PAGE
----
Sep 182002
Authors: Lee Miller

Former CSU standout up for Woman of the Year

By Lee Miller

Angela Knopf was not the first to find out she was selected to represent the state of Colorado for the NCAA Woman of the Year award.

“I didn’t even know about it at first,” said Knopf, who completed a very successful career with the CSU volleyball team last winter. “My roommate came home and showed me the story in the newspaper. I thought, ‘That’s so cool.'”

The NCAA announced the list of winners, one from each of the 50 states, at the beginning of the September. Since then the field for the national award has been narrowed down to 10, and Knopf is still in contention. A committee made up of athletic administrators from NCAA member colleges and universities selected the finalists from more than 340 entries.

The NCAA Committee on Women’s Athletics will select the 2002 NCAA Woman of the Year from among the 10 finalists. The national winner will be announced at an awards dinner Nov. 2 at the Westin Hotel in Indianapolis.

Knopf came to CSU from Troutdale, Ore., in 1998. She was an immediate starter on the volleyball team and caused a lot of headaches for opposing teams at middle blocker. She was named the Mountain West Conference Player of the Year twice and is also a two-time first team All-American. She also holds school records at CSU in service aces (138), total blocks (630) and hitting percentage (.393).

Last season she helped lead the Rams to a 29-4 record, including an undefeated showing at home and a trip to the regional semifinals of the NCAA Tournament.

“I hope people realize what an incredible honor this is to Angela,” said CSU head coach Tom Hilbert, who coached Knopf her entire four years at CSU and considers her the best player he has ever coached. “You’ve also got to take into account that this award recognizes a lot of other things outside of sports achievement.”

The NCAA committee also considers academic achievement and community involvement when selecting the recipients.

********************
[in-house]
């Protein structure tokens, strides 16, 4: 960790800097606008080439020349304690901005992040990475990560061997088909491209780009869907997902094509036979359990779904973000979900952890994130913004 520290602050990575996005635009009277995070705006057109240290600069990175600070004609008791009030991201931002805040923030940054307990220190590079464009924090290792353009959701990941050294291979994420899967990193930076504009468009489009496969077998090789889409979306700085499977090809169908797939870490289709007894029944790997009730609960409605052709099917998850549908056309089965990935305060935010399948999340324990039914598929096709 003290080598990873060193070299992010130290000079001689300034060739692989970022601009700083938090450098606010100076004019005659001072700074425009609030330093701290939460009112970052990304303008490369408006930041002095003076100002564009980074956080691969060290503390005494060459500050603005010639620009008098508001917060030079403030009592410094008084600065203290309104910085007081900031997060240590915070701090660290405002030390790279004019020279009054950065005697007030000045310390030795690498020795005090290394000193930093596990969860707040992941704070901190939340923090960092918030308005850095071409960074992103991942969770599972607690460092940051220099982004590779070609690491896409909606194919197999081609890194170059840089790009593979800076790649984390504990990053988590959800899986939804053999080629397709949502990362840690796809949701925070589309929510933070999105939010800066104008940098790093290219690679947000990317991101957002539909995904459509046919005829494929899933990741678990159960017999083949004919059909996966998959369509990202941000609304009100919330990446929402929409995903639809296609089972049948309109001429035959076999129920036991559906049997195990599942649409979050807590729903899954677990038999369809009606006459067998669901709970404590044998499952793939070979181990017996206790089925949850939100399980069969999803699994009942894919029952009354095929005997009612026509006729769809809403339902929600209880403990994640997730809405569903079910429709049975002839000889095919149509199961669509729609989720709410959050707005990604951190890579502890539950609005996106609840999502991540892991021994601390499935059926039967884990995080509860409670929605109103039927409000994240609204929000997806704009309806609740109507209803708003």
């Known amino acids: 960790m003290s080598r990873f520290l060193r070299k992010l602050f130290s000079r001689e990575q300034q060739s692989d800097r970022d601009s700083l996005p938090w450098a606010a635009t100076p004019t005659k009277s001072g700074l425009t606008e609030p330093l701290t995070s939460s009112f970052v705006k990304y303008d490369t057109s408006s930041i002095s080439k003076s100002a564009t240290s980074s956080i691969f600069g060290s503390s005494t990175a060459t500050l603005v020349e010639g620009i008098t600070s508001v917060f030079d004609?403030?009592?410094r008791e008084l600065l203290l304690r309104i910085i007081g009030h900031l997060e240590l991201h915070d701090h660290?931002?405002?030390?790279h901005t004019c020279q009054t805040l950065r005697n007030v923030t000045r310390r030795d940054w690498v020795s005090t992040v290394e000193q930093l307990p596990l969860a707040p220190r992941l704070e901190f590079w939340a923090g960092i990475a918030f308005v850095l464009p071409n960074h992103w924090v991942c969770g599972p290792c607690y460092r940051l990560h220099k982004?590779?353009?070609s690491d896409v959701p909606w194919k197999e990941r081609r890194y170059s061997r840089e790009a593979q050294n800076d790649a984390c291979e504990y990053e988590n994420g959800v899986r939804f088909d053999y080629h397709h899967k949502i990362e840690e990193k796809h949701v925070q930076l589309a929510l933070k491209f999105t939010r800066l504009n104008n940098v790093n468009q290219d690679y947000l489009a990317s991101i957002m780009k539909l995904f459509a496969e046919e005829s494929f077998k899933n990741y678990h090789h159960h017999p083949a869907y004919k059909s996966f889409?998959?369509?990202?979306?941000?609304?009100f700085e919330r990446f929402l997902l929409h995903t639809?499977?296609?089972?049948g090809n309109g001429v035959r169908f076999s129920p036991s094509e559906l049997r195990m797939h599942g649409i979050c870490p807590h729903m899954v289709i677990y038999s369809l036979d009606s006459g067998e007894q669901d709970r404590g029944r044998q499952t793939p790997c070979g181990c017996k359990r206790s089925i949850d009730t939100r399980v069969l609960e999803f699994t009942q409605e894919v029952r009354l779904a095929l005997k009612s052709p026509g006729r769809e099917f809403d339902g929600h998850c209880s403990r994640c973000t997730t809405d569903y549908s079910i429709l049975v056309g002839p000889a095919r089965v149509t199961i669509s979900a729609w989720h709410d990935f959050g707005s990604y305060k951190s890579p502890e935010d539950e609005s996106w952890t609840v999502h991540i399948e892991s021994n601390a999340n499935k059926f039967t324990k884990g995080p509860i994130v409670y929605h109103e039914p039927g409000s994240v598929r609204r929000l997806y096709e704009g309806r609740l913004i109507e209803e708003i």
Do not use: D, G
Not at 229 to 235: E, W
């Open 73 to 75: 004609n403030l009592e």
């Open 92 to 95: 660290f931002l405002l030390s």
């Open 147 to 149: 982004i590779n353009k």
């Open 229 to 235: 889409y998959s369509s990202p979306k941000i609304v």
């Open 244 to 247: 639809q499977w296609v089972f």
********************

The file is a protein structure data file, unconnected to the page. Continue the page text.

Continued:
Knopf complimented her athletic achievement by earning third-team All-Academic honors in 2000 and was named to the second-team the following season. She took the semester off in the spring of 2002 in order to train with the U.S. National Volleyball team.

She is currently working on finishing her degree in teaching, and plans to graduate in December of 2003.

Knopf’s community efforts include helping at a food-bank organization, taking part in the organization of RamJam and speaking at a number of schools and churches. She has spoken to kids about topics such as unity and teamwork, motivation, competitiveness and her connection to God and her church.

Though she’s ineligible to play for CSU anymore, Knopf still participates in supporting the Rams.

“I still go to all the games,” she said. “They’re a really great bunch of girls and I’m proud of them.”

Knopf says she misses the team and all of the friendship it provides. She also misses the day-to-day competition.

She is, however, still finding ways to keep her skills in tact. This summer, Knopf and former CSU teammate Krista Swartzendruber competed in the Motherload Beach Volleyball Tournament held in Aspen. They entered the 16-team tournament seeded in last place and surprised many by winning it all.

Knopf also plays in her church league and enjoys helping younger girls hone their spiking skills.

Knopf will most likely leave CSU with her school records still standing, and whether or not she wins the national award, she will always be considered one of Colorado’s greatest athletes. She is grateful to the people around her for their part in her success.

“I’m proud to be a part of the CSU program,” she said. “Everyone from the athletic staff to my coaches and teammates has been great, and I definitely wouldn’t be where I am without them.”

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